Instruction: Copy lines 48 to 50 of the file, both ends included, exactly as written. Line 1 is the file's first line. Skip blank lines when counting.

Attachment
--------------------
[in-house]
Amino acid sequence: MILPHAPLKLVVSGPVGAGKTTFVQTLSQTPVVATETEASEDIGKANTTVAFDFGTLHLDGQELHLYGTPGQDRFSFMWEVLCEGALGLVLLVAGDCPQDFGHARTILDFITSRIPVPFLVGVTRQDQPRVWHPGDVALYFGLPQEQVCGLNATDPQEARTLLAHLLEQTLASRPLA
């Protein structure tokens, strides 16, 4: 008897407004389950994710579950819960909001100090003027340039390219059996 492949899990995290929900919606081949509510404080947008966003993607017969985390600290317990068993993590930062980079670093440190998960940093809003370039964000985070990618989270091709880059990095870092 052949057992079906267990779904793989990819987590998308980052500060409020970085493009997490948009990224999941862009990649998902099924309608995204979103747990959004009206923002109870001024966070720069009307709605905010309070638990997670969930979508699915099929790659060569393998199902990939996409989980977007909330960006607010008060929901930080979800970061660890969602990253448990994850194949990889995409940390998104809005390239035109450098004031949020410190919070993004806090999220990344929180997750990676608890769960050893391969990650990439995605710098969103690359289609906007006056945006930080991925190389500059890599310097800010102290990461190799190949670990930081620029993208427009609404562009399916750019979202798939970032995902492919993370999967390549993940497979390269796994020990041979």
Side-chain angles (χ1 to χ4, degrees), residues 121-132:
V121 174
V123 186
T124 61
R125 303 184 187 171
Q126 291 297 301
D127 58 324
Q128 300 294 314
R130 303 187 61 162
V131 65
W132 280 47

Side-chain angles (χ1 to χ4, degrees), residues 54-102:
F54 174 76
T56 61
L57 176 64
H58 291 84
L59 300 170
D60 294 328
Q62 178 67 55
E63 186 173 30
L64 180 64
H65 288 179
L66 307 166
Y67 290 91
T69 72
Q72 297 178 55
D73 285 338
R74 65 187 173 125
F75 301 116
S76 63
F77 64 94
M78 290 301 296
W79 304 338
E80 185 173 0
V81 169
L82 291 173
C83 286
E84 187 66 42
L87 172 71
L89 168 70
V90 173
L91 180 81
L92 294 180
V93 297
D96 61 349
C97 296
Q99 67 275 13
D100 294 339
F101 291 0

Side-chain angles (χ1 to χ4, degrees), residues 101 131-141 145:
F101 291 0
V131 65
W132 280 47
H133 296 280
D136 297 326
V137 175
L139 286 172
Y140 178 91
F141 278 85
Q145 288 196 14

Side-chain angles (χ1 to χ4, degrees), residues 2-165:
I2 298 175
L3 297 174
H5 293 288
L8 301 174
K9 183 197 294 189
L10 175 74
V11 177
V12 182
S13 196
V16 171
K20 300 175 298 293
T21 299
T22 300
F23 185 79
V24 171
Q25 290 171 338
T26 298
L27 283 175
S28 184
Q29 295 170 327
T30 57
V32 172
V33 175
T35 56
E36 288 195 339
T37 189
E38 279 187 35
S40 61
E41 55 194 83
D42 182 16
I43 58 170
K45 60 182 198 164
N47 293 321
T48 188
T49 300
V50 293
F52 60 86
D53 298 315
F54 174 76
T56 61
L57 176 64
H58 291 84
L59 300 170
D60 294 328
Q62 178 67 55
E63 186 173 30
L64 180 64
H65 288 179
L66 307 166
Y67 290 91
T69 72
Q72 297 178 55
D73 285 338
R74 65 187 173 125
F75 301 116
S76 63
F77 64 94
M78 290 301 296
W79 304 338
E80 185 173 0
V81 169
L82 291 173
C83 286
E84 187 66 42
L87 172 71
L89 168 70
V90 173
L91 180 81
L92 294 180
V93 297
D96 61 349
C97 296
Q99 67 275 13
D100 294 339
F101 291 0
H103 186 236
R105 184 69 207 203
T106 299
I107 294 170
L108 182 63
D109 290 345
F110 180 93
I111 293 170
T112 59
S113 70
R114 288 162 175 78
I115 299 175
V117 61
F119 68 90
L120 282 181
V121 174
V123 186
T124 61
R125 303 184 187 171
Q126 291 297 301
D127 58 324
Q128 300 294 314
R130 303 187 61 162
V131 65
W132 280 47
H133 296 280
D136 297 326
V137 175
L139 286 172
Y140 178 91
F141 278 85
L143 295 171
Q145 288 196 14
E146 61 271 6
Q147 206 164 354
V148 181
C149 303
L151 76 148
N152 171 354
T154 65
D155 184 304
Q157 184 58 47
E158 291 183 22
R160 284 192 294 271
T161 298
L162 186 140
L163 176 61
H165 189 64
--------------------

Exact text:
D96 61 349
C97 296
Q99 67 275 13